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Simple and automated classification of phage lifestyles

PHACTS can be used to quickly classify the lifestyle of a phage. All that is needed is the proteome of the phage to be classified and PHACTS will predict the lifestyle of that phage and return a confidence value for that prediction.

Aug 26, 2021
Release of version 0.4: Download includes preformatted databases and scripts to create your own databases.
San Diego State University


PHACTS, a computational approach to classifying the lifestyle of phages

Katelyn McNair1,*, Barbara A. Bailey2 and Robert A. Edwards1,3,4,*
+Author Affiliations

1Computational Science Research Center, 2-Department of Mathematics and Statistics, 3Department of Computer Science, San Diego State University, San Diego, CA 92182 and 4Mathematics and Computer Science Division, Argonne National Laboratory, Argonne, IL 60439, USA
↵*To whom correspondence should be addressed.

Received September 12, 2011.
Revision received January 4, 2012.
Accepted January 5, 2012.


Motivation: Bacteriophages have two distinct lifestyles: virulent and temperate. The virulent lifestyle has many implications for phage therapy, genomics and microbiology. Determining which lifestyle a newly sequenced phage falls into is currently determined using standard culturing techniques. Such laboratory work is not only costly and time consuming, but also cannot be used on phage genomes constructed from environmental sequencing. Therefore, a computational method that utilizes the sequence data of phage genomes is needed.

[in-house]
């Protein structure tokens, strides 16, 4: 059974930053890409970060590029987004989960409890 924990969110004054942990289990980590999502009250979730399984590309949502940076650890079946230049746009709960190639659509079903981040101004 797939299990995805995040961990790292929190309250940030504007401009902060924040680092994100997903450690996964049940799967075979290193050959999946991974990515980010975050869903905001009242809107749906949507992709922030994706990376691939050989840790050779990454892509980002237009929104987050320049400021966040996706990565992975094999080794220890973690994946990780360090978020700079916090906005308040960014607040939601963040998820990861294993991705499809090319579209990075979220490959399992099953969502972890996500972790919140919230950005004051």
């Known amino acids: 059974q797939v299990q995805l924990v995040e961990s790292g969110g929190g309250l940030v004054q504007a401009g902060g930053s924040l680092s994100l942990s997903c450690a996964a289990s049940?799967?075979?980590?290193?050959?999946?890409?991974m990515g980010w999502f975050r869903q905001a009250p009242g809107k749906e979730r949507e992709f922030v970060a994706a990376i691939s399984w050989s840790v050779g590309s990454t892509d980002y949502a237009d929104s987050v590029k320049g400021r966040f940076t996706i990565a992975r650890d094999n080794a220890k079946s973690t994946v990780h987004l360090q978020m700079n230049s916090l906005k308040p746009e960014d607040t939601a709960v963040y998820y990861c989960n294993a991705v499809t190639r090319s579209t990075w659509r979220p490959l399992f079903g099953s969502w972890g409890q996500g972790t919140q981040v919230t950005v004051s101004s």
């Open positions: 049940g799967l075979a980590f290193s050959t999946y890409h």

Results: Phage Classification Tool Set (PHACTS) utilizes a novel similarity algorithm and a supervised Random Forest classifier to make a prediction whether the lifestyle of a phage, described by its proteome, is virulent or temperate. The similarity algorithm creates a training set from phages with known lifestyles and along with the lifestyle annotation, trains a Random Forest to classify the lifestyle of a phage. PHACTS predictions are shown to have a 99% precision rate.

Availability and implementation:

PHACTS was implemented in the PERL programming language and utilizes the FASTA program (Pearson and Lipman, 1988) and the R programming language library ‘Random Forest’ (Liaw and Weiner, 2010). The PHACTS software is open source and is available as downloadable stand-alone version or can be accessed online as a user-friendly web interface. The source code, help files and online version are available at http://www.phantome.org/PHACTS/.

Contact: katelyn@rohan.sdsu.edu; redwards@sciences.sdsu.edu

Supplementary information: Supplementary data are available at Bioinformatics online.

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Viruses that infect bacteria are called bacteriophages or phages. It is estimated that there are 1030 bacterial cells in biosphere (Whitman et al., 1998). Given that typical ratios of bacteria to phage are on the order of 1:10 (Wommack and Colwell, 2000), it is estimated that there exist 1031 phage particles on the planet. Viruses thus are the most abundant biological entities on the planet. Phages are ubiquitous and can be found in any environment where their bacterial hosts are present. Phages are found in high numbers in terrestrial environments such as soil, and in aquatic environments such as lakes and seawater (Srinivasiah et al., 2008). Recent estimates suggest that there exist globally ~100 million phage species (Rohwer, 2003); however, only a small fraction of phages have so far been characterized.